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*Emersion in non-scalding water up to 45°C
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*Prompt removal of pedicellariae
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*Remove spines/foreign bodies
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**If spines are intraarticular or near neurovascular structures they need to be carefully removed in the OR
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*Thorough irrigation
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*Update [[tetanus vaccination]] if needed
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*Prophylactic [[antibiotics]] for deep puncture wounds
  
 
==Disposition==
 
==Disposition==
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*Depends on the extent and location of injury and degree of envenomation
  
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==Complications==
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*Retained spines
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*Infection ('''[[Vibrio]]''' species)
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*Granuloma and cyst formation
  
 
==See Also==
 
==See Also==
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==References==
 
==References==
 
<references/>
 
<references/>
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[[Category:Environmental]]

Latest revision as of 17:49, 25 October 2020

Background

  • Sea urchins are marine invertebrate echinoderms
  • Anatomy consists of soft viscera surrounded by a hard plated body with protruding spines and pedicellariae
  • Around 950 known species and some are venomous[1]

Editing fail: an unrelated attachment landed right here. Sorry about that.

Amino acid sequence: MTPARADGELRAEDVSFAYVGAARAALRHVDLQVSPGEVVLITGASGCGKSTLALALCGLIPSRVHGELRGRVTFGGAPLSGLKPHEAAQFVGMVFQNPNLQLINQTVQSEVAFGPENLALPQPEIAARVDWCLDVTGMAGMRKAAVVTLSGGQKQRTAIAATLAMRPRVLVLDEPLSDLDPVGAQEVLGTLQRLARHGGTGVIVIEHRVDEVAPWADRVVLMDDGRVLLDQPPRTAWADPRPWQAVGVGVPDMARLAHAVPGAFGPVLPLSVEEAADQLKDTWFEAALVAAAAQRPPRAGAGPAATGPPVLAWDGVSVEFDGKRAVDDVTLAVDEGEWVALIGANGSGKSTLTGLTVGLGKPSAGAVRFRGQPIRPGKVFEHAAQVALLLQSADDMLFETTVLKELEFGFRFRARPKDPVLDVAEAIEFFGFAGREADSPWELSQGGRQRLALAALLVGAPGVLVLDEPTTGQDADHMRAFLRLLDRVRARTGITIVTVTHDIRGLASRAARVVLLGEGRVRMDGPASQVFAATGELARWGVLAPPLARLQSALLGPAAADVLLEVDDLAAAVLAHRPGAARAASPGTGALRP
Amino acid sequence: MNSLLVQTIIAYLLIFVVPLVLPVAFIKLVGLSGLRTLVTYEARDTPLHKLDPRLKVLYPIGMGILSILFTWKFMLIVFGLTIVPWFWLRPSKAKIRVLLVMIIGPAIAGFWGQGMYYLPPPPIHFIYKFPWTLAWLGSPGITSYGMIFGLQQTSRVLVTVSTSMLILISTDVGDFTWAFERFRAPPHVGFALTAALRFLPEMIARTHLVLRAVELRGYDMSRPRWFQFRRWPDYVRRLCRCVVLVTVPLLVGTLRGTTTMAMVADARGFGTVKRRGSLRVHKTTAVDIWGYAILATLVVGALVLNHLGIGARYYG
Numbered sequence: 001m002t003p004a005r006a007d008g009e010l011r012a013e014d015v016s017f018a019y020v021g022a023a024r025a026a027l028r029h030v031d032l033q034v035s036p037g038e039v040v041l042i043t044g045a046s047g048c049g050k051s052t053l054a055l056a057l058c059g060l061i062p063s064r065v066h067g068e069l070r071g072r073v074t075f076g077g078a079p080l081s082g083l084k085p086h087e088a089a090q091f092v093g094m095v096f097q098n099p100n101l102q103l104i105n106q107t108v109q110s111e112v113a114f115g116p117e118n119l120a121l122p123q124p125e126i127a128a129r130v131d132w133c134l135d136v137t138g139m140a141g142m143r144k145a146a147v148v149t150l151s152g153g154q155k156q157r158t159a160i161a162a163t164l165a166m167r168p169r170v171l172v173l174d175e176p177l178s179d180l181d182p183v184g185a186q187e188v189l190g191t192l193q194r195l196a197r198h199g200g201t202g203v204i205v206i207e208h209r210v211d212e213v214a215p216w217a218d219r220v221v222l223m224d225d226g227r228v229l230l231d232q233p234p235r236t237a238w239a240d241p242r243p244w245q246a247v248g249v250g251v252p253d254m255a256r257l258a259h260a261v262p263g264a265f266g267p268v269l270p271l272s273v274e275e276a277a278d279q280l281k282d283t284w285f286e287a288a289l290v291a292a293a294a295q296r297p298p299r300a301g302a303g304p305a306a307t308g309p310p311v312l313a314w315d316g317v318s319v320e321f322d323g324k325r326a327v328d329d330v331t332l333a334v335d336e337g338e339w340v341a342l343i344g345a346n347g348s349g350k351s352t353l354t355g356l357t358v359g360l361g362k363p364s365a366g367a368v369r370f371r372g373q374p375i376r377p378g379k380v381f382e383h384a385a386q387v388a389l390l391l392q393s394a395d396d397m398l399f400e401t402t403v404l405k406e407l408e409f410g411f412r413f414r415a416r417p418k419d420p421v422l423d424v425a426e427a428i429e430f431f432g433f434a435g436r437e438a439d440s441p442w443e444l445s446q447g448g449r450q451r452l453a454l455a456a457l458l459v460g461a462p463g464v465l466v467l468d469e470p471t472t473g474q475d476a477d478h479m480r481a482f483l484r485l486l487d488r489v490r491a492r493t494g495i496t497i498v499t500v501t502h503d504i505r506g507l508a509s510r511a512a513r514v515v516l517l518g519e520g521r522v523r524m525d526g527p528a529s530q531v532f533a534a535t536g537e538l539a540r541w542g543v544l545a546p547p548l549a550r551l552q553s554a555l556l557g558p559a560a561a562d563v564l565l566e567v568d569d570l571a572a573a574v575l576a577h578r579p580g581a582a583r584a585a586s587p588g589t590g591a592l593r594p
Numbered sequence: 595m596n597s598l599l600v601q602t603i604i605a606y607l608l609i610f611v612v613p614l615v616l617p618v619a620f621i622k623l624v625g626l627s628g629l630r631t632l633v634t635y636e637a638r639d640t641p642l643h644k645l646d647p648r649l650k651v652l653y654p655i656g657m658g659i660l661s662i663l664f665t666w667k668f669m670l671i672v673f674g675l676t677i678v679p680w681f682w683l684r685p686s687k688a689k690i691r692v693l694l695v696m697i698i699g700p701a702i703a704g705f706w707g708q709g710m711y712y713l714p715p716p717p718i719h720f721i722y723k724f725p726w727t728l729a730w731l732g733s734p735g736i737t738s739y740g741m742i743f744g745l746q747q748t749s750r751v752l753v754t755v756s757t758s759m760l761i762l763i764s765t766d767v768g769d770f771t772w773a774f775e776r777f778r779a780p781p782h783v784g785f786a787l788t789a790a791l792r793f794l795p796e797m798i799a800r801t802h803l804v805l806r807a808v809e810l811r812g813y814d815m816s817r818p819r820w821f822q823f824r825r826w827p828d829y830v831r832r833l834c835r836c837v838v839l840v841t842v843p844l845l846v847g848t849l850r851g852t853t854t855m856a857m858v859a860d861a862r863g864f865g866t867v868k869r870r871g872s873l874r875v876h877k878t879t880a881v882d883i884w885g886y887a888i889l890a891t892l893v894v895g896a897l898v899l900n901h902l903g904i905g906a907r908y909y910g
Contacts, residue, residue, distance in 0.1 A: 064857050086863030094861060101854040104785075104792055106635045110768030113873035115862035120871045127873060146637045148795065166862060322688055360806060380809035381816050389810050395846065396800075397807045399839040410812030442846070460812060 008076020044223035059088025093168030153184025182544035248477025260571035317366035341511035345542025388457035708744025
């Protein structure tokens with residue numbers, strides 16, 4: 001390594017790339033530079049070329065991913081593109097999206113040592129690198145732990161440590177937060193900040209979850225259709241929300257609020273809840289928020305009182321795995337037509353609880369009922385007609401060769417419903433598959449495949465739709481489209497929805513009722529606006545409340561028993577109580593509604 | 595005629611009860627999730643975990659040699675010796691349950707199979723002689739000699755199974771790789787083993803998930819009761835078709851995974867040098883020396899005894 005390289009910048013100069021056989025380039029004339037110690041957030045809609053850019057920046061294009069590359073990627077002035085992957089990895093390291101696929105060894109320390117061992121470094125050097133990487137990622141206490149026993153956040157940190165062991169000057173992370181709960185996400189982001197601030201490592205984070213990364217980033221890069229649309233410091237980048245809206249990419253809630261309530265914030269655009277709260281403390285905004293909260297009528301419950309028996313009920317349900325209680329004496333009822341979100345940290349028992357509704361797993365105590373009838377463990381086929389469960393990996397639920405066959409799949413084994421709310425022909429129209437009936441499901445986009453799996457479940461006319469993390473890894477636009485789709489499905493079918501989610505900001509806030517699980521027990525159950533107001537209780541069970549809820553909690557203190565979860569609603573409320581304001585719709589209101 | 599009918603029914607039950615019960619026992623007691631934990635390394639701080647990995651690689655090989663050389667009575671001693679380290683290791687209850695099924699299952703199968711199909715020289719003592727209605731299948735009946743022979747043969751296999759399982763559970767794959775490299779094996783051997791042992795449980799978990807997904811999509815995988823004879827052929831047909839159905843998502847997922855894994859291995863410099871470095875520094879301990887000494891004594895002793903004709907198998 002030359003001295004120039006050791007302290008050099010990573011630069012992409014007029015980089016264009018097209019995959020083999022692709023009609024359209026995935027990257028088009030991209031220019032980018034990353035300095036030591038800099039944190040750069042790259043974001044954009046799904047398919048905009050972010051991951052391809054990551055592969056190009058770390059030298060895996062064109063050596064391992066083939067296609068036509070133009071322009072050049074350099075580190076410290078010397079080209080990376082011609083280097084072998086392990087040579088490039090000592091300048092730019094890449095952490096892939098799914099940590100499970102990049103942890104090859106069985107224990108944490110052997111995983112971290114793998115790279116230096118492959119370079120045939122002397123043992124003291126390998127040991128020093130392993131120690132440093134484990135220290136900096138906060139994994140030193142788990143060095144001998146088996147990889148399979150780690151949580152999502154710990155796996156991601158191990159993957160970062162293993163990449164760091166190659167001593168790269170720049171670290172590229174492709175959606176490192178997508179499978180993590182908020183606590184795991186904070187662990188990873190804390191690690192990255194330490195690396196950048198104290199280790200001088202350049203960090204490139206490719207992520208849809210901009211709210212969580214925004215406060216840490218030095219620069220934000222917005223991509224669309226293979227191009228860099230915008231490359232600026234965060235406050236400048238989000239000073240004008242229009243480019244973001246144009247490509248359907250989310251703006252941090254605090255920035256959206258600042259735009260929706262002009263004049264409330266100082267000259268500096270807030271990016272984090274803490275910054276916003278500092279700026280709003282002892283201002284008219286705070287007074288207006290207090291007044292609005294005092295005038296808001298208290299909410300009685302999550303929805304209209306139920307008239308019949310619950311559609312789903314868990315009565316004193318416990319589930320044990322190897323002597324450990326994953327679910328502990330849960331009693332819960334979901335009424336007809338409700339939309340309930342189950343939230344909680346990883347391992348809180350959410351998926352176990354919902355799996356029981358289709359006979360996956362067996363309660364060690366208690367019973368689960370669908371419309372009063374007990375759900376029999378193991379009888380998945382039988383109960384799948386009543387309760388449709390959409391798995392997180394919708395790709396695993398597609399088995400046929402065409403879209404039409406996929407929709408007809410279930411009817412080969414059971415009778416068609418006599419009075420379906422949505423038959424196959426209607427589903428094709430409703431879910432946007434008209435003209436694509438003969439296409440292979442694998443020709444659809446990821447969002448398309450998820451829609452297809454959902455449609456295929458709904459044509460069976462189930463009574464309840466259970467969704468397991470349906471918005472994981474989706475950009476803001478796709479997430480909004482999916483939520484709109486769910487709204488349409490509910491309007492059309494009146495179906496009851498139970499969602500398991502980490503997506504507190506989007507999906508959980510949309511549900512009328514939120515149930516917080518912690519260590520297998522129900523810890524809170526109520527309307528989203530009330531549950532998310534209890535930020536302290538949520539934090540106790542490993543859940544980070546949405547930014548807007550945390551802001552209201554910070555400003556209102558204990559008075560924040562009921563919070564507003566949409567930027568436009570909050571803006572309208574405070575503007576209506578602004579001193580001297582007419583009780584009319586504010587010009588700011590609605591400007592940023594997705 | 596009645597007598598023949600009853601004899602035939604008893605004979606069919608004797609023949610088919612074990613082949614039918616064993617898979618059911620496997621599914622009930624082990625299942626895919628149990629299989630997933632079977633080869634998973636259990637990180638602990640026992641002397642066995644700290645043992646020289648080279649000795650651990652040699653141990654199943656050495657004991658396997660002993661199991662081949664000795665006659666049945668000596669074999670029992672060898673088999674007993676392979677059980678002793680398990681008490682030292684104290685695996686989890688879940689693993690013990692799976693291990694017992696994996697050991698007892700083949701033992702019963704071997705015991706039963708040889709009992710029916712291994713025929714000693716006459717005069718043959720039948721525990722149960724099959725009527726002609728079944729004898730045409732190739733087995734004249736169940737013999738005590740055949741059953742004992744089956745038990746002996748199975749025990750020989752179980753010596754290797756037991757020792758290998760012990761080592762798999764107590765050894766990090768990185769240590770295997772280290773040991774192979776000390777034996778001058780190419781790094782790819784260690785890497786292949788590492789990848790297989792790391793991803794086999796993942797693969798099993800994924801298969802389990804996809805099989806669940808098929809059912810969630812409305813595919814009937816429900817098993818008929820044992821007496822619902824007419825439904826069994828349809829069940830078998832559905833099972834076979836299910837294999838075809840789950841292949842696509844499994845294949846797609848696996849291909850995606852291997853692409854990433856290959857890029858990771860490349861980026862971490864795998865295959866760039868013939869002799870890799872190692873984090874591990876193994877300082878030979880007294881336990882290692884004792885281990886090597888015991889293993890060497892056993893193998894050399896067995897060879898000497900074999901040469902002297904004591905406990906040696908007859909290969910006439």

• Nonvenomous species have blunt, rounded spines
    • Venomous species have sharp, hollow, thin spines
    • Some have pedicellariae with sharp jaws and venom glands

Mechanism

  • Nonvenomous spines cause direct trauma
  • Venoms are known to contain proteases, hemolysins, steroid glycosides, serotonin, cholinergic substances, and rarely neurotoxins
  • Pedicellariae attach to the victim and break off from the urchin, releasing venom for several hours

Clinical Features

Black sea urchins (Echinometra lucunter). Below: spinesin the feet of bathers. Right: hyperkeratotic noduleson the hands of a diver who suffered several injuries caused by black sea urchins (foreign body granuloma).


Differential Diagnosis

Marine toxins, envenomations, and bites

Evaluation

  • Clinical diagnosis
  • Plain films of the injured areas to locate embedded spines
    • Evaluate for intraarticular spines
    • Ultrasound may be useful if none are seen but radiolucent FB is suspected
    • MRI can also locate spines not seen on plain film

Management

  • Emersion in non-scalding water up to 45°C
  • Prompt removal of pedicellariae
  • Remove spines/foreign bodies
    • If spines are intraarticular or near neurovascular structures they need to be carefully removed in the OR
  • Thorough irrigation
  • Update tetanus vaccination if needed
  • Prophylactic antibiotics for deep puncture wounds

Disposition

  • Depends on the extent and location of injury and degree of envenomation

Complications

  • Retained spines
  • Infection (Vibrio species)
  • Granuloma and cyst formation

See Also

External Links

References

  1. Auerbach P. Chapter 73. Envenomation by aquatic invertebrates. In: Auerbach P. Wilderness Medicine.